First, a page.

Ode to a Curious Mind: Ginger Root as a Houseplant!
The greatest gift one can have is a curious mind. The person with a curious mind is never bored and happy to find new adventures and discoveries and even re-discoveries. Industrialization had caused artisans and craftsmen to fall by the wayside but curious minds will never be out of style!
For me a simple thought of “I like bread” can lead me on a remarkable journey! 1. Learn to make bread. 2. What’s in bread? Flour, Water, Oil, Sugar, Salt, Yeast! 3. What kind of bread has simple ingredients? Sourdough! Starter, water, flour, sugar, salt. 4. Can I make my own starter? Yes Flour and water and time. 5. Can I make my own flour?……. and so on and so on….
My Daughter-in-law was here recently and I shared with her the ginger bug recipe from Wellnessmama.com. While she was here she made homemade ginger ale. YUMMY and refreshing!
Ginger ale is just Water, sugar, ginger root, molasses, lemon juice, ginger bug and time. So this started me thinking (can you hear the gears turning). Why can’t I grow my own Ginger root? After all, it’s a rhizome just not a hardy rhizome.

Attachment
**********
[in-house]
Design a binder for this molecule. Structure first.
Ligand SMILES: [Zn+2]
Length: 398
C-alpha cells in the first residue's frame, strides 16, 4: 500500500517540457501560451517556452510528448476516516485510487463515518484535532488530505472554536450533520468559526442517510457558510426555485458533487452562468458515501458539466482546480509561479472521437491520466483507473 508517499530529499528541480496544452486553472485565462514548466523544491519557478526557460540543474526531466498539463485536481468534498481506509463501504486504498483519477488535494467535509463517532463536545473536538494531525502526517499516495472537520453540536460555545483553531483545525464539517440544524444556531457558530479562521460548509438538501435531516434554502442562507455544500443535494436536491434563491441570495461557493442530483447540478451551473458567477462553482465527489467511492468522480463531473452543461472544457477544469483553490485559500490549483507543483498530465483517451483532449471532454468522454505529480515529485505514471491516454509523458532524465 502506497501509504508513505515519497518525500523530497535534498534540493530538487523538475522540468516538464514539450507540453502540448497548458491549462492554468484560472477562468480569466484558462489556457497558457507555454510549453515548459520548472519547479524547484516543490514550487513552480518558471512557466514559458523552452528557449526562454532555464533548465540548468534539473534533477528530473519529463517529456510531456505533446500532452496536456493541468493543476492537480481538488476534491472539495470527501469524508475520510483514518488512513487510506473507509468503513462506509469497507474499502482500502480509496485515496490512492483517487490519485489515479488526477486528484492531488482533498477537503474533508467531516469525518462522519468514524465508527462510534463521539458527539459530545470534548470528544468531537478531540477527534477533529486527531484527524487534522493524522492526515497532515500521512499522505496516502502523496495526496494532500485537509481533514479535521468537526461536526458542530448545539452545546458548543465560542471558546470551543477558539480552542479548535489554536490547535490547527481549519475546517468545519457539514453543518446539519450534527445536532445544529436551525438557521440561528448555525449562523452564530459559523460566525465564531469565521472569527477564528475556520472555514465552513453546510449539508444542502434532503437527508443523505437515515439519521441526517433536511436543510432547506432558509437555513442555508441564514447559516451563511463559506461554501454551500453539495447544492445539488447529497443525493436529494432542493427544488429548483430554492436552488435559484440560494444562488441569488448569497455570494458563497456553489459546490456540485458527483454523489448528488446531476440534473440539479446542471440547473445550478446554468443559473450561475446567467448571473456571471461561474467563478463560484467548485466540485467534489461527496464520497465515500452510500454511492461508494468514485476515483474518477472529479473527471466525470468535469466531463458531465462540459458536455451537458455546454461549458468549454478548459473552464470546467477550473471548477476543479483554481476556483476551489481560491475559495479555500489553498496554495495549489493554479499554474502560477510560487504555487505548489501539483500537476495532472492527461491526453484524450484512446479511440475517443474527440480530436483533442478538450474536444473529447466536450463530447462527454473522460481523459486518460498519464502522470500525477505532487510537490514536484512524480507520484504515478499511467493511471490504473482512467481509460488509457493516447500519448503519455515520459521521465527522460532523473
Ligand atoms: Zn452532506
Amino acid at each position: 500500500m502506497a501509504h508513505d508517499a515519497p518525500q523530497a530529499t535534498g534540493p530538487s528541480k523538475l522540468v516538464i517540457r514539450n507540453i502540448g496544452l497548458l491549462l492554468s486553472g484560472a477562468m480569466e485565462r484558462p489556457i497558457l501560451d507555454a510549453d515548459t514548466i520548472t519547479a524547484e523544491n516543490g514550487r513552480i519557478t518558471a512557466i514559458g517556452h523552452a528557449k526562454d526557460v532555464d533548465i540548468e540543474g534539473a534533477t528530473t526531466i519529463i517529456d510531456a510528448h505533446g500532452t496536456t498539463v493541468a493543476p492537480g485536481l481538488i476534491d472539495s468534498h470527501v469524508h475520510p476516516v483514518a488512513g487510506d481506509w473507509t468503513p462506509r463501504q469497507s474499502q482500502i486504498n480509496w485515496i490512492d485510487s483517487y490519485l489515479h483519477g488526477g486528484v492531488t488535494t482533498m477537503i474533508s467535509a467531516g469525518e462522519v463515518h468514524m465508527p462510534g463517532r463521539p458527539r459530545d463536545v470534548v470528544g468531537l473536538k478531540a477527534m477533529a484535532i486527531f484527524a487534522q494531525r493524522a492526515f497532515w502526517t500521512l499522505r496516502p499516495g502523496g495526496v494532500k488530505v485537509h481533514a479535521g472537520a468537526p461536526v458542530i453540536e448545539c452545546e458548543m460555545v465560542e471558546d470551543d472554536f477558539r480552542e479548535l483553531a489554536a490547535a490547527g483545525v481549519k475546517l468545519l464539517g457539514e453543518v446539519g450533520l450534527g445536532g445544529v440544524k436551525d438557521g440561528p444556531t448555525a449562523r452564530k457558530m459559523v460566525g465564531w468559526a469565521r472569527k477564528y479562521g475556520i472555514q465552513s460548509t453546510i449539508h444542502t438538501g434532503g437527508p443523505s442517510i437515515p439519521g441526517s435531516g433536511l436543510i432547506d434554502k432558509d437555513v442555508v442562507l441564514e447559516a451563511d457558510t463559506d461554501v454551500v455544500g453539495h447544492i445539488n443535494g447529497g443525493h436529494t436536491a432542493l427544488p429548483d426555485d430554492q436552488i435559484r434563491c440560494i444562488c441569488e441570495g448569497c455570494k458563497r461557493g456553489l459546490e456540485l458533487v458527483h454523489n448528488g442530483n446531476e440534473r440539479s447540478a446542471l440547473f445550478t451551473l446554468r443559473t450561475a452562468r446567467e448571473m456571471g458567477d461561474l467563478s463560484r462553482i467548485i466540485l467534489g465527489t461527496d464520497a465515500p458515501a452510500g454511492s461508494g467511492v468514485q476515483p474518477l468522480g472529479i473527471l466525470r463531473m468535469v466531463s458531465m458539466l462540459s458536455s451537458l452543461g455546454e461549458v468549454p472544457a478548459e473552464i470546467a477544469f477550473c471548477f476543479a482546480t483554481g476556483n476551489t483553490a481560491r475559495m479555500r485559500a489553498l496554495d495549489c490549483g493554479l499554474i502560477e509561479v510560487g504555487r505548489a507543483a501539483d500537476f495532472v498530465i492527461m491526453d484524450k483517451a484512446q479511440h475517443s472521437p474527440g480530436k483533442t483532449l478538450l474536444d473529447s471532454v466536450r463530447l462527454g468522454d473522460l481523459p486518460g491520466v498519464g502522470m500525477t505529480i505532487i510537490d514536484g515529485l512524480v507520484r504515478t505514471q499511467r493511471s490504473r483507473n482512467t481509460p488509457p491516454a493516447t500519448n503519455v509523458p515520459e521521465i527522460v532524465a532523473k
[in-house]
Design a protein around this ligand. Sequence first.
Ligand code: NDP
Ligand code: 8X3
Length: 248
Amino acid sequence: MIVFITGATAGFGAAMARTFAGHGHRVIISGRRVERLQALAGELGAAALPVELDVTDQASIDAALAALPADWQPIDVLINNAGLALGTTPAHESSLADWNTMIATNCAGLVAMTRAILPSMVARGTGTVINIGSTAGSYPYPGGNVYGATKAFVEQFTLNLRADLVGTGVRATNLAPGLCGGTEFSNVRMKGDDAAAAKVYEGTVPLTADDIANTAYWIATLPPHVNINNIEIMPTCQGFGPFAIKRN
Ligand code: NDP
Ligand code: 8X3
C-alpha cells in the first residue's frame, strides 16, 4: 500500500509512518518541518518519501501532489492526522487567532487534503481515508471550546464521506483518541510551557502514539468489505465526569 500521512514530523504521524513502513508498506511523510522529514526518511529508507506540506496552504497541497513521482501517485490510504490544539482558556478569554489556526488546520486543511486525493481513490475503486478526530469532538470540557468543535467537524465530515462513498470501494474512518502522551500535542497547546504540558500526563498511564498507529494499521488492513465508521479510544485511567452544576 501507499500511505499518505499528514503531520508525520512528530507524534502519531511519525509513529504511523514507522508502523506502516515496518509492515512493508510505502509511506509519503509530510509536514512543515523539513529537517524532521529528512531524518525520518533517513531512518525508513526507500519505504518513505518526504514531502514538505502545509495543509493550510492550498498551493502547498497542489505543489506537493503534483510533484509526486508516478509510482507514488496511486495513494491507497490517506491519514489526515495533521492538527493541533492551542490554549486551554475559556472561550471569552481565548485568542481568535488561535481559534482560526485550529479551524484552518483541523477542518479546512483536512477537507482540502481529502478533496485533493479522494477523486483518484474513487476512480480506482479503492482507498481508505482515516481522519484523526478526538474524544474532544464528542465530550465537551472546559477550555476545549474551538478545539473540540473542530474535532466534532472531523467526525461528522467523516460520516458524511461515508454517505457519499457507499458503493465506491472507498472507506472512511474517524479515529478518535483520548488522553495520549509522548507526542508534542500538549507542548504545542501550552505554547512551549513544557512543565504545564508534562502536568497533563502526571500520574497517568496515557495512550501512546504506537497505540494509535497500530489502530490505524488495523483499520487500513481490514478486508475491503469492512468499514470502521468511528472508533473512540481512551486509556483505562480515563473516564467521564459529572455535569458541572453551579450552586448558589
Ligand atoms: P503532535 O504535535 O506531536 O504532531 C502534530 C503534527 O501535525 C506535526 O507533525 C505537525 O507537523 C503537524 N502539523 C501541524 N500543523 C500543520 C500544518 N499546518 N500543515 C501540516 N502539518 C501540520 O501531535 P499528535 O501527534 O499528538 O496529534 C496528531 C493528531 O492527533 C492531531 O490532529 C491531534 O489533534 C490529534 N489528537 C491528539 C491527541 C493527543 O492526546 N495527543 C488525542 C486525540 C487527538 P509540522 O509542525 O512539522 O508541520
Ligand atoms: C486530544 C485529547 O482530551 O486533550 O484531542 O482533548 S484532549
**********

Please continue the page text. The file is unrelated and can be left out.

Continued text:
Ginger needs to be above 50 degrees year round and I live in the Upper Midwest so we only have about 3 months a year where it almost never gets below 50 degrees and it takes longer than 3 months for Ginger to mature. So I immediately thought “Why not make it a house plant?” Houseplants help keep the air in your home fresh. Ginger is therapeutic, has medicinal properties, as well as culinary benefits and frankly I LOVE THE SMELL. So it’s a WIN WIN WIN situation. And here the journey begins!
Growing your own ginger root indoors as a consumable houseplant:
Purchase a fresh ginger root from your food co-op for grocery store.
Cut off a Knob of ginger that has buds protruding from it.
Soak the knob of ginger in water for 24 to 48 hours.
Prepare a large pot with drainage rock and potting mix.
Bury the ginger knob just below the surface bud side up, put in a window with diffused light and water.
Don’t overwater, care for it as you would any other houseplant.
A ginger plant can get up to 4 feet tall. When the plant becomes mature, remove it from the pot (Save your dirt just add nutrients and reuse) and propagate a piece of the rhizome to start another plant. Start one every couple of months and you’ll never need to buy ginger again! Just remember that Ginger is slow to mature and the rhizomes you produce in you pot will not be as large as those commercially grown. You will most likely need a large space to keep several plants. See photo progression below.
Enjoy! Here is one of my favorite quotes to start your day!!
“Peace is not the absence of turmoil but the presence of God”